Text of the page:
Problem: The compost heap heats up and cools down like it's supposed to, but a lot of the materials are large and not broken down.
Possible Solution: Because the materials are big and chunky, they don't provide enough surface area for the microorganisms to finish their work. Chop the materials as best you can. A Crocodile Dundee knife, or machete, works great for this.

Problem: Whew, the compost pile has a strong odor.
Possible Solution: The pile is undergoing what's called "anaerobic decomposition." Anaerobic means "without oxygen" which is why it smells like the beach at low tide. You need to add introduce oxygen back into the pile by turning it at least once a week.

Problem: Animals on the loose!
Possible Solution: If dogs, mice, rats, cats or raccoons are getting into to your compost pile, fence it in, cover it with wire and avoid adding meat scraps, bones, and fish waste to the pile.

How to use compost

  • Apply a 4 to 6-inch layer of compost-mulch around woody perennials in the Autumn to reduce damage from winter winds.
  • After the soil has warmed up in the spring, apply compost around warm season vegetable crops such as zucchini and tomatoes.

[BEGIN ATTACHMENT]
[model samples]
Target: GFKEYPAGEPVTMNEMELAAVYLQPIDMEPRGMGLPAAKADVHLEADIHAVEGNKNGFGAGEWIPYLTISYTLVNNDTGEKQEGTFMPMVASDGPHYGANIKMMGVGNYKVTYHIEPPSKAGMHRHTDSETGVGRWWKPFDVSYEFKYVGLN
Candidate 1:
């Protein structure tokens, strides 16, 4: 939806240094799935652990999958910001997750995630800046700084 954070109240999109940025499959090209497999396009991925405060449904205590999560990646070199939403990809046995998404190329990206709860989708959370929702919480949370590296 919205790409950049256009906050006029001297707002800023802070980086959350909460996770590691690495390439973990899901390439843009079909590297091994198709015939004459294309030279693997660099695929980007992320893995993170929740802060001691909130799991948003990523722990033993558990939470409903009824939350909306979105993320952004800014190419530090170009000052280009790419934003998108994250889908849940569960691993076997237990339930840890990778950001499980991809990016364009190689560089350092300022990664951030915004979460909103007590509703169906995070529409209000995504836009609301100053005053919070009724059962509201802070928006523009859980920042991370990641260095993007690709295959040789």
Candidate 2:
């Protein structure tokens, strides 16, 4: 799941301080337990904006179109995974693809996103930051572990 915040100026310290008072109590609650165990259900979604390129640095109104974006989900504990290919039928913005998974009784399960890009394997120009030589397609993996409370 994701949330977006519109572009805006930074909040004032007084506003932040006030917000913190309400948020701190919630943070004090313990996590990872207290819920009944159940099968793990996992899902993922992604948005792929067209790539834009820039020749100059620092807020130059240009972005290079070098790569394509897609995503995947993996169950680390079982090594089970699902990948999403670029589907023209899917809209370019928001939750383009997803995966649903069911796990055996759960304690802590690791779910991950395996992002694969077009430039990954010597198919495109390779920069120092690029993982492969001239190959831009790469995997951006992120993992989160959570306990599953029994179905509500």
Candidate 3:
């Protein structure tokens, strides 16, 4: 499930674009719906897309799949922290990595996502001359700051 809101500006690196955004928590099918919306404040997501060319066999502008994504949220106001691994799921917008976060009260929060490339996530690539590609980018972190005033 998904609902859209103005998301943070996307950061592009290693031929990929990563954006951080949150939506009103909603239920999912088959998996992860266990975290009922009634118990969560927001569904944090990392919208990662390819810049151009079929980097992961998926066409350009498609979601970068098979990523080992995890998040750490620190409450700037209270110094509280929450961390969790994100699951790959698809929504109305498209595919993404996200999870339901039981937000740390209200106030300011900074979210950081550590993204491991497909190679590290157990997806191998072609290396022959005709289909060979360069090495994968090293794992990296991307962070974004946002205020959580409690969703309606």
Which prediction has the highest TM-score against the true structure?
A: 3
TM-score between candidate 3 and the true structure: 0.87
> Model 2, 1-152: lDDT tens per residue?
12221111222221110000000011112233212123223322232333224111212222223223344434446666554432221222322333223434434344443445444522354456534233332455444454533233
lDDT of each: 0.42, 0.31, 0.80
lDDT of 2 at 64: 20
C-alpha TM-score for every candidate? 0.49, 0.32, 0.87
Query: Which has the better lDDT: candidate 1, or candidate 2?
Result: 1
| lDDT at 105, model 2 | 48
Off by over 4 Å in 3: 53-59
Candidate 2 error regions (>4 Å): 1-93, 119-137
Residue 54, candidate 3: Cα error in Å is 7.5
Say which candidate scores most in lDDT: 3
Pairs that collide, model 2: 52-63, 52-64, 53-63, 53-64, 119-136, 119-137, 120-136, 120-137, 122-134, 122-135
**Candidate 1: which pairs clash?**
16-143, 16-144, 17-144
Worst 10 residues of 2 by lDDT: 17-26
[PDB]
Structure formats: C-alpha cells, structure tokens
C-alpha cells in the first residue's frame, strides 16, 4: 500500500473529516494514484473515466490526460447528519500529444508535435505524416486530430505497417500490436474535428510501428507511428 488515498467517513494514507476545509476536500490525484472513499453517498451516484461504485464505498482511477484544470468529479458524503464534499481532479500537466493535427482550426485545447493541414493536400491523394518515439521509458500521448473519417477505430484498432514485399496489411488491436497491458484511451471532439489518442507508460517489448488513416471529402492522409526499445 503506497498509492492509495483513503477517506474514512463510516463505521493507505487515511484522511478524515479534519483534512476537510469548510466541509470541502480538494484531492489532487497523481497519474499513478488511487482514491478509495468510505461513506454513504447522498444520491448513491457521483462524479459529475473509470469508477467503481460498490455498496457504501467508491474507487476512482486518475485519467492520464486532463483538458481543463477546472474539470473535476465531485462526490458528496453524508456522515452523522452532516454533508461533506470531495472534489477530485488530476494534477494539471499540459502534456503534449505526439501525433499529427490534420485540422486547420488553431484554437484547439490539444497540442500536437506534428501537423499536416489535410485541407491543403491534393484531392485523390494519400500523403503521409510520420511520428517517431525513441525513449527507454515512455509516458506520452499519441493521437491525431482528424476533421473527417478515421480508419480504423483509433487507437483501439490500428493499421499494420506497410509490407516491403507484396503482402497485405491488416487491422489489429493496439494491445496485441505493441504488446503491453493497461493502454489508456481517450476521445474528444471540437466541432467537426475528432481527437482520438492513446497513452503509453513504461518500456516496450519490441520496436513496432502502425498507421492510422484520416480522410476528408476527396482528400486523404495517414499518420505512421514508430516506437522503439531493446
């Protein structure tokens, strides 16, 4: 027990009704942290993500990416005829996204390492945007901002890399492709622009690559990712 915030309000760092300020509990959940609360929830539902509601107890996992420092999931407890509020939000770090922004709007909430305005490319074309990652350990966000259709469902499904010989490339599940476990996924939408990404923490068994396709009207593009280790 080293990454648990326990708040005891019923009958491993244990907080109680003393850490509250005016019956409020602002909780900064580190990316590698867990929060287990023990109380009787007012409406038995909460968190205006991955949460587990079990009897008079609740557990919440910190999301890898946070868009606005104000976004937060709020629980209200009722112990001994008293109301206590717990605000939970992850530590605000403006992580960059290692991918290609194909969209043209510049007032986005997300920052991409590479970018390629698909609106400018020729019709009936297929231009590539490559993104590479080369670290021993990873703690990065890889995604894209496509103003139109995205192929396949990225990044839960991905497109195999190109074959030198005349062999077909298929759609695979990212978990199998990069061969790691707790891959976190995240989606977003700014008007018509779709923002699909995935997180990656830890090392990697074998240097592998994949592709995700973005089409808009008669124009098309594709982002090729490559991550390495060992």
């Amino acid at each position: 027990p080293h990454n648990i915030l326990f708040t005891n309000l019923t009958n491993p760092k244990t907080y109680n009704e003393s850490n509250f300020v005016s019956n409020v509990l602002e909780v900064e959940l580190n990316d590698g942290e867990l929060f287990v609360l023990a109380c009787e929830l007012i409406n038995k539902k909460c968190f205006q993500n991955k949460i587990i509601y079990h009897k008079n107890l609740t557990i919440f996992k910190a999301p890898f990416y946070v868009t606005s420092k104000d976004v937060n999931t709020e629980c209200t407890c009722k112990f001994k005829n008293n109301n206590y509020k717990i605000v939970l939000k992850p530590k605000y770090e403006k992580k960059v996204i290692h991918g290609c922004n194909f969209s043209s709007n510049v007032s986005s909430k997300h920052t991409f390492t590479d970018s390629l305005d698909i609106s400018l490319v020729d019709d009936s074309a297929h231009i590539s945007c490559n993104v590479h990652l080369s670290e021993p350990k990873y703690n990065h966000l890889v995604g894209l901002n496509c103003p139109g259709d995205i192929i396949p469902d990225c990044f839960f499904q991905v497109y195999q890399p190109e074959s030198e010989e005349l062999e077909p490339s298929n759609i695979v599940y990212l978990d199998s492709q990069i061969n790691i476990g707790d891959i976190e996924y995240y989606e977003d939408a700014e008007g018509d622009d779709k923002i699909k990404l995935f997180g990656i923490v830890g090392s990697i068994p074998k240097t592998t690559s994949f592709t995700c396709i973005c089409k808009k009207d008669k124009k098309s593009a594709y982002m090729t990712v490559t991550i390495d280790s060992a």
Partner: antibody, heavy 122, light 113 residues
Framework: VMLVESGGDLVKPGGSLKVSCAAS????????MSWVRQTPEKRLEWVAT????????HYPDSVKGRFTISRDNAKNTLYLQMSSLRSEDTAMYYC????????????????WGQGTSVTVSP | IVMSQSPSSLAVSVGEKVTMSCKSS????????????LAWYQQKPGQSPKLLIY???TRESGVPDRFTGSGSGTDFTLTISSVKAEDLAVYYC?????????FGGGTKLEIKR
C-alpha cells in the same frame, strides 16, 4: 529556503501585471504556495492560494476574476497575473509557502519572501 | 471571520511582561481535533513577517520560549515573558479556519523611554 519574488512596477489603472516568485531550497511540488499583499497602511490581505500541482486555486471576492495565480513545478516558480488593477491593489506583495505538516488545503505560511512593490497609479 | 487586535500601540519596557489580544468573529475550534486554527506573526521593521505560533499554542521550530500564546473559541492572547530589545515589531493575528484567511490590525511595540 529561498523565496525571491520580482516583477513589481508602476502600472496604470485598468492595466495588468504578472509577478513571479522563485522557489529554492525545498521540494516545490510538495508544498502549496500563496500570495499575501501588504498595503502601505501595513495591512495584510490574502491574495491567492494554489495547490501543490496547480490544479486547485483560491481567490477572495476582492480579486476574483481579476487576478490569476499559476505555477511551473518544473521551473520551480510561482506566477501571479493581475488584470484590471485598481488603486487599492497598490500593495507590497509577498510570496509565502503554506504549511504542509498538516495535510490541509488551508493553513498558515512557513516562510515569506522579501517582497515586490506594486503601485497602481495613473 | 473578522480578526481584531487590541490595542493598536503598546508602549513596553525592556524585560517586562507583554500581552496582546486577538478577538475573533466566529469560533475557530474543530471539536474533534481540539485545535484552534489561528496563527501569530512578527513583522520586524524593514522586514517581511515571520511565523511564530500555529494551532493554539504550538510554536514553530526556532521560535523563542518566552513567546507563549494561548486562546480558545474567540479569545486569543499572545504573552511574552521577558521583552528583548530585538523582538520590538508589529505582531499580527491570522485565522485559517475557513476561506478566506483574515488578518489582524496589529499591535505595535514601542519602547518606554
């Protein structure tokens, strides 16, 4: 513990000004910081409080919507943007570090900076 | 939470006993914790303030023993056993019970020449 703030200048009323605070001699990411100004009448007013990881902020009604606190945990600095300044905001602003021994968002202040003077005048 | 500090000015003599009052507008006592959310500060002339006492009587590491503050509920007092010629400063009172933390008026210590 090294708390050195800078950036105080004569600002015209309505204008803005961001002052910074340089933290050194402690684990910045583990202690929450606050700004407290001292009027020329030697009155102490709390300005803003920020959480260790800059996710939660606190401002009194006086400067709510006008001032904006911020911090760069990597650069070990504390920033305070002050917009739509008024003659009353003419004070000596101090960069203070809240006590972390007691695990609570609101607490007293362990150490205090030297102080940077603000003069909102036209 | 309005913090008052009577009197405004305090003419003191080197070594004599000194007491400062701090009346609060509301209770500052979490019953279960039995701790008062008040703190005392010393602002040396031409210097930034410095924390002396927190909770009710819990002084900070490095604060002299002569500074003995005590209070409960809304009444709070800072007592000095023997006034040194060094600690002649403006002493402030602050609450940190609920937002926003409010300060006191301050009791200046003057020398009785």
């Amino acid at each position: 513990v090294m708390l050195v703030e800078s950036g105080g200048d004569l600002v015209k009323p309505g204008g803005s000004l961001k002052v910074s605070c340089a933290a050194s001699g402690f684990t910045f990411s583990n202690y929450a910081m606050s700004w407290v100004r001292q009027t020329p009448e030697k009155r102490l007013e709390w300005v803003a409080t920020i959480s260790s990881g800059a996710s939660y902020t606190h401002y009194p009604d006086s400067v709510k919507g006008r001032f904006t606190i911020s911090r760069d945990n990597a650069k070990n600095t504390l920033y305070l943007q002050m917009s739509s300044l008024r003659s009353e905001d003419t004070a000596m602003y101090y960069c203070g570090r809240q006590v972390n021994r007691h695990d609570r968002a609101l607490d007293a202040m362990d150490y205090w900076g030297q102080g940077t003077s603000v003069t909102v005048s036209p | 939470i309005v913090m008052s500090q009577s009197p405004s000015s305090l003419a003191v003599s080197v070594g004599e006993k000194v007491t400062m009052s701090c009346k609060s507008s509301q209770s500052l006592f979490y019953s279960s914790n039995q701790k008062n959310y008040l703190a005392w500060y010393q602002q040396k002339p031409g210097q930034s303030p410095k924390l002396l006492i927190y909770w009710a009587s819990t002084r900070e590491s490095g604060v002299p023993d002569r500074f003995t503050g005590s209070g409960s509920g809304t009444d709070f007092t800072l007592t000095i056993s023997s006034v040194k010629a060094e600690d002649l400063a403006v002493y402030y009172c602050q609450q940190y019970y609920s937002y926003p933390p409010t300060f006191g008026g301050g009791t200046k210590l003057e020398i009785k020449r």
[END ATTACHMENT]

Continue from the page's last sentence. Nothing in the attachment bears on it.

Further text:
• Spread compost on the garden a couple weeks before spring tilling.
  • Add compost to container gardens, hanging baskets
  • During the growing season, side-dress your plants with compost to provide a slow-release source of nutrients.
  • Make compost tea. Add a shovelful of compost to a 5-gallon bucket of water and allowing it to steep for a few days. For larger quantities, add compost to a 55-gallon drum. Use the nutrient-rich tea to fertilize lawns, shrubs, perennials, containers, hanging baskets, as well as annual vegetables, herbs, and flowers. Dilute the tea for younger plants.

compost tea
Adding compost tea to raised beds.

  • Apply a 1 to 2-inch thick mulch around flowers, trees and shrubs in the spring to maintain soil moisture and discourage weed growth.
  • Use compost as a growing medium for seedlings and potted plants. After screening out large particles, you'll need to pasteurize it before using it.

 

Adapted version of an article written by Marion Owen www.plantea.com